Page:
Odell Beckham, Jr.
Three of the NFL’s biggest stars are now out for the season after suffering injuries in Weeks 5 and 6. Tom Brady is still in it, throwing two touchdown passes in the Patriots’ 24-17 win over the Jets on Sunday.
Antonio Brown finished the Steelers’ 19-13 win over the Chiefs with 155 receiving yards to go with his show-stopping TD. However, that’s as deep as the NFL’s superstar depth chart goes.
The players lost in Weeks 5 and 6 are some of the game’s best, and some of its most transcendent. They’re the ones who were able to break through the anonymity of a helmet. Losing so many players in that tier leaves the League to question the appeal of its product.
With the star-studded injuries picture looking so bleak, where does that leave a league with floundering ratings, but that holds a majority of prime time slots on Sunday, Monday and Thursday?
The NFL ratings picture has only gotten worse since 2016. The average TV audience through Week 5 has dropped 7% compared to the same period in 2016. Sure, there is the “Kaepernick Effect” by which many fans have stopped watching because they are offended by the players’ political protest at sporting events, to paraphrase the issue.
On top of that, there is the “Trump Effect” whereby the President’s call for people to boycott the NFL has muddled the ratings picture and been heeded by everyone from bar owners to private citizens.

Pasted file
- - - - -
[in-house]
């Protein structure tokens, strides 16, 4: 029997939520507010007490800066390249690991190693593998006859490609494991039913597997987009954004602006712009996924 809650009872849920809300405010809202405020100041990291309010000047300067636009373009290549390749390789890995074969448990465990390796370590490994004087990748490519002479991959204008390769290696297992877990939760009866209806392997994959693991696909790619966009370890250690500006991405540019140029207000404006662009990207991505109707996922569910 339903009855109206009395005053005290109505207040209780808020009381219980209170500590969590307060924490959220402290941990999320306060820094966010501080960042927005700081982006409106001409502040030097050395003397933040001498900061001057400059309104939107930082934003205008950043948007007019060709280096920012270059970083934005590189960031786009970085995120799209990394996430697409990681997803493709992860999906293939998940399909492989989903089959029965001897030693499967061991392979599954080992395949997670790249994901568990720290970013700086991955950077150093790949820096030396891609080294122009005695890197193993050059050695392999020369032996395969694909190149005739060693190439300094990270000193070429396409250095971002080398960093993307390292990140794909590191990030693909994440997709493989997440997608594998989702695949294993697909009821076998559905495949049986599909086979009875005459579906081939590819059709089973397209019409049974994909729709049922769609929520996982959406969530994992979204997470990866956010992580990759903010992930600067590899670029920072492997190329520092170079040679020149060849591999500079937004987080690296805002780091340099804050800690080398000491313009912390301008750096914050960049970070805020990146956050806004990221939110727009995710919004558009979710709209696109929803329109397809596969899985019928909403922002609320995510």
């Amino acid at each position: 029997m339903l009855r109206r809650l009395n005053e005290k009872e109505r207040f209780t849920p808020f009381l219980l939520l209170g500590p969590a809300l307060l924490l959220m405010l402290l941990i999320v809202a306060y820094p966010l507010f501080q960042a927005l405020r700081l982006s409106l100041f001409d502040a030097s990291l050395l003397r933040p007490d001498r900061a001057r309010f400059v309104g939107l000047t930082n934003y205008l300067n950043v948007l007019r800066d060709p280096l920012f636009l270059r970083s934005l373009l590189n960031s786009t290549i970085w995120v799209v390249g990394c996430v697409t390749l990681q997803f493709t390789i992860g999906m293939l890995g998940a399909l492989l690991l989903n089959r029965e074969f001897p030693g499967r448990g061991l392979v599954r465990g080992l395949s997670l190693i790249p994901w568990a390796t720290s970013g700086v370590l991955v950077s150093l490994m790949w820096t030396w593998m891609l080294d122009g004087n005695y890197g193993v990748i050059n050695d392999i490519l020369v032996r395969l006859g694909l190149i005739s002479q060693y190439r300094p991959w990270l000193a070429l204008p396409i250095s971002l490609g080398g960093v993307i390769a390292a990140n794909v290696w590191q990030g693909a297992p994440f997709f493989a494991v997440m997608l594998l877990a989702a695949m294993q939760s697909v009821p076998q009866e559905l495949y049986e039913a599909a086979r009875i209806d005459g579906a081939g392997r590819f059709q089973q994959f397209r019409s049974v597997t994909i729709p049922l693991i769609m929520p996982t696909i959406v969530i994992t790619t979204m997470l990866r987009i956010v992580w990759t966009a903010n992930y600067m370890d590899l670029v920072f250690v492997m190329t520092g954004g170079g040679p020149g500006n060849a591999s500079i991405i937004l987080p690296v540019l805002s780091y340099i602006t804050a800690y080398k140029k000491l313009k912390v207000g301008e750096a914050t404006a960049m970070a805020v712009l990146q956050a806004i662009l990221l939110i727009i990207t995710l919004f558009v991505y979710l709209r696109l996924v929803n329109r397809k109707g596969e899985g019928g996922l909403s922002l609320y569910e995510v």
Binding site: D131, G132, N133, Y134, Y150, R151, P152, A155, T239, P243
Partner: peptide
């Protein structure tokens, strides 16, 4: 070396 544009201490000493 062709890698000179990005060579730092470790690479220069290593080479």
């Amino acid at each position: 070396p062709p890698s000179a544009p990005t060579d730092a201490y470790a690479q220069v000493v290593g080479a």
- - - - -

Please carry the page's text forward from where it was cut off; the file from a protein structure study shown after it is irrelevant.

The injuries to major stars only add to the NFL’s problems, chipping away at its popularity. The absence of big-name stars and their ability to make must-see, I-can’t-believe-that-just-happened plays will likely further damage the NFL’s ratings.
Compounding the issue, injuries to the likes of Brandon Marshall, Julian Edelman, Greg Olsen and Tyler Eifert hurt the League, especially given the current lack of headline talent typically used to sell games. While not headline talent themselves, these players play crucial roles on their respective teams and are capable of making amazing, can’t miss plays, making football more fun to watch. And with the wave of injuries hitting some of the more dynamic rookies, including Vikings’ running back Dalvin Cook, who was electrifying prior to tearing his ACL, the NFL has almost no way to market its product.
This season’s rookie class has provided several must-watch players. Chiefs running back Kareem Hunt has been amazing through six weeks, and Texans quarterback Deshaun Watson has become compulsory viewing after five starts. However, they don’t yet have the star power to put the League’s fate on their backs. This leaves the NFL to sell games, like the Giants-Redskins Thanksgiving night matchup, without Beckham. How attractive does that sound?
What’s more is that the NFL has always believed that the sport itself is enough to drive its popularity. Just look at the way it sells Thursday Night Football with the tagline “When it’s on, it’s on.” This is evidence of the fact that the League is relying on the pull of the sport to sell its product, but this fails to address the fact Thursday Night Football is essentially a failure. There are not enough good matchups, nor is there enough top talent, to fill the standalone game’s primetime slot that will draw in a respectable audience. Without big stars, there’s even less of a reason to watch.
Without its headliners in play, 2017 will be the season the NFL learns just how popular football is, and how they will need to market moving forward.